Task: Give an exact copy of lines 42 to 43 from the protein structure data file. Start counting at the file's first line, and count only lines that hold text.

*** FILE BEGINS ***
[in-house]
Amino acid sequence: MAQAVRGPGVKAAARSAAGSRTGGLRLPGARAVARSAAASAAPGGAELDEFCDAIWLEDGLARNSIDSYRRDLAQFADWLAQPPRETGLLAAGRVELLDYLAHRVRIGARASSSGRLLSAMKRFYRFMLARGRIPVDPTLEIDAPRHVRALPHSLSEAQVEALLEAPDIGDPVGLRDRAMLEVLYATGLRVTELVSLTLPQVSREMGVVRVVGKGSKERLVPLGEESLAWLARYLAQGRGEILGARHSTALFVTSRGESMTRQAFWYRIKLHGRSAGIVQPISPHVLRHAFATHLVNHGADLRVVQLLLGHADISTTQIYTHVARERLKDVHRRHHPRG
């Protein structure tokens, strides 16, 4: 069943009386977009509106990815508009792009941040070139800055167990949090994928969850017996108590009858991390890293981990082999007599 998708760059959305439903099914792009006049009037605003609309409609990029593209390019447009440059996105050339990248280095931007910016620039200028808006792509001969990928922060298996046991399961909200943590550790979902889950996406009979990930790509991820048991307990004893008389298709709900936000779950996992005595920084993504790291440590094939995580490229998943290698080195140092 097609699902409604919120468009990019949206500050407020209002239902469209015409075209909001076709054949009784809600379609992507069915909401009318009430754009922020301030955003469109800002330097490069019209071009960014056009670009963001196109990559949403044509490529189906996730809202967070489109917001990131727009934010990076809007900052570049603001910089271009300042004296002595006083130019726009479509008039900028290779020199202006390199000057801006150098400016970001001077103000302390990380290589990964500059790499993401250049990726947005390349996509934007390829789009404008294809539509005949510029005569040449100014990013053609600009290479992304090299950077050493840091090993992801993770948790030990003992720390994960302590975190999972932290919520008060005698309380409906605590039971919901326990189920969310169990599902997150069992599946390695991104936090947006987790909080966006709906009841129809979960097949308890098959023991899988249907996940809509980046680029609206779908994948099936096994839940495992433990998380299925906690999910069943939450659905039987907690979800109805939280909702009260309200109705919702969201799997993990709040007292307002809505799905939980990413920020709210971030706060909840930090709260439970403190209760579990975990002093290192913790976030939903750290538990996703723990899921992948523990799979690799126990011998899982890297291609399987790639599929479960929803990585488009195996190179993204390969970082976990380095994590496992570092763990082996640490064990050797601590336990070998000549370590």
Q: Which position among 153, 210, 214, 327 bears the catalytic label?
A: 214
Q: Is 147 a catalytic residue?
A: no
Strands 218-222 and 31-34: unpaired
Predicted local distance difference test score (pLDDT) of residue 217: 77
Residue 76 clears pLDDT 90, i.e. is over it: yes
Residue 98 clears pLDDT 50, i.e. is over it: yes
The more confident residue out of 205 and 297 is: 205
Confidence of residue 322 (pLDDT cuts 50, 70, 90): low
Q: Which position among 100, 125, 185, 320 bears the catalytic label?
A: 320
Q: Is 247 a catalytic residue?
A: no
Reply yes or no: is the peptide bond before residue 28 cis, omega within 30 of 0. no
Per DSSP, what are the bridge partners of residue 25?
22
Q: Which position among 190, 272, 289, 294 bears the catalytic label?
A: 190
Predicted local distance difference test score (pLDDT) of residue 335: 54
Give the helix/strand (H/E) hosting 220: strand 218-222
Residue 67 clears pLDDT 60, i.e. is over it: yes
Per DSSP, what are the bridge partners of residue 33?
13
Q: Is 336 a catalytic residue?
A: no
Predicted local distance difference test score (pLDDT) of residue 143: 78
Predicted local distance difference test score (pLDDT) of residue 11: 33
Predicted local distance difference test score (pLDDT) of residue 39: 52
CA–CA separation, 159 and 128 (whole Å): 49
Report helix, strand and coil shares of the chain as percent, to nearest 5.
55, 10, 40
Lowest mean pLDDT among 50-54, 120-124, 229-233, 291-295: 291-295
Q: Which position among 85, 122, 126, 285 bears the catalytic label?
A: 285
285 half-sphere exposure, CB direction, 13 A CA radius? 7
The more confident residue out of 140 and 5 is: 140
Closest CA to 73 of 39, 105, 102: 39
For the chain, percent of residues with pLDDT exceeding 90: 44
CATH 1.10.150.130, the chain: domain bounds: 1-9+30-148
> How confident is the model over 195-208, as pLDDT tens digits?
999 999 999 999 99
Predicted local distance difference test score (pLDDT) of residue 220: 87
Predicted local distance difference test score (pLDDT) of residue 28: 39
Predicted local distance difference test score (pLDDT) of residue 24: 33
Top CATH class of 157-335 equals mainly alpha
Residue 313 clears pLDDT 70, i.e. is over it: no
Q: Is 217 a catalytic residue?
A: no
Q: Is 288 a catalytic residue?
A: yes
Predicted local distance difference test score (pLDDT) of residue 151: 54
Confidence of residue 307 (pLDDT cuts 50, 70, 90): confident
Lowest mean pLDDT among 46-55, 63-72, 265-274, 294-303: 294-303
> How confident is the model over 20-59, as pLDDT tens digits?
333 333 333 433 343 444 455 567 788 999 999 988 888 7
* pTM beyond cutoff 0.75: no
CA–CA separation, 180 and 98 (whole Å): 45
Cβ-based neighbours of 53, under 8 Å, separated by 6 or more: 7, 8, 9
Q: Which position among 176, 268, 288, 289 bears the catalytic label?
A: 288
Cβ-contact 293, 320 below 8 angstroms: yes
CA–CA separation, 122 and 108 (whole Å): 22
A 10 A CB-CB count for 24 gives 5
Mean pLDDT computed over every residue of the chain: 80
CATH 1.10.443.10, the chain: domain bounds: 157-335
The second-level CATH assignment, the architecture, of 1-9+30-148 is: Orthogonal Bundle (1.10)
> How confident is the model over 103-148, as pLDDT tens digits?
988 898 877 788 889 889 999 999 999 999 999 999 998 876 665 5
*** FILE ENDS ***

For the chain, percent of residues with pLDDT exceeding 90: 44
CATH 1.10.150.130, the chain: domain bounds: 1-9+30-148